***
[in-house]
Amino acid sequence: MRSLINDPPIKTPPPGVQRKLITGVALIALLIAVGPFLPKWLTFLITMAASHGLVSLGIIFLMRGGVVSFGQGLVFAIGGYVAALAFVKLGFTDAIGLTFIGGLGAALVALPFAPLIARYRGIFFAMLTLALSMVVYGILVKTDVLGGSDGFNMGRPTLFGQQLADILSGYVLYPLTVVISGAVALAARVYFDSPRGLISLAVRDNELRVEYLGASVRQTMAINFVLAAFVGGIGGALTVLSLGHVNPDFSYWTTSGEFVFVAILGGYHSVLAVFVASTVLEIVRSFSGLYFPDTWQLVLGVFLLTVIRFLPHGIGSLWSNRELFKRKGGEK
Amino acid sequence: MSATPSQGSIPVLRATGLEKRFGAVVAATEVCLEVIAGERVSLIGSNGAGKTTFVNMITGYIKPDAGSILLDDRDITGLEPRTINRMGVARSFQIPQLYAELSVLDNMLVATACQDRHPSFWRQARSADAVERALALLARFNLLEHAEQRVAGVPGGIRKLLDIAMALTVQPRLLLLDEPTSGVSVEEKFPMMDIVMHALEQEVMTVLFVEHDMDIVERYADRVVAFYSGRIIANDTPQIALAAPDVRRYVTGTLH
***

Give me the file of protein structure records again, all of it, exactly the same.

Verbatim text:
[in-house]
Amino acid sequence: MRSLINDPPIKTPPPGVQRKLITGVALIALLIAVGPFLPKWLTFLITMAASHGLVSLGIIFLMRGGVVSFGQGLVFAIGGYVAALAFVKLGFTDAIGLTFIGGLGAALVALPFAPLIARYRGIFFAMLTLALSMVVYGILVKTDVLGGSDGFNMGRPTLFGQQLADILSGYVLYPLTVVISGAVALAARVYFDSPRGLISLAVRDNELRVEYLGASVRQTMAINFVLAAFVGGIGGALTVLSLGHVNPDFSYWTTSGEFVFVAILGGYHSVLAVFVASTVLEIVRSFSGLYFPDTWQLVLGVFLLTVIRFLPHGIGSLWSNRELFKRKGGEK
Amino acid sequence: MSATPSQGSIPVLRATGLEKRFGAVVAATEVCLEVIAGERVSLIGSNGAGKTTFVNMITGYIKPDAGSILLDDRDITGLEPRTINRMGVARSFQIPQLYAELSVLDNMLVATACQDRHPSFWRQARSADAVERALALLARFNLLEHAEQRVAGVPGGIRKLLDIAMALTVQPRLLLLDEPTSGVSVEEKFPMMDIVMHALEQEVMTVLFVEHDMDIVERYADRVVAFYSGRIIANDTPQIALAAPDVRRYVTGTLH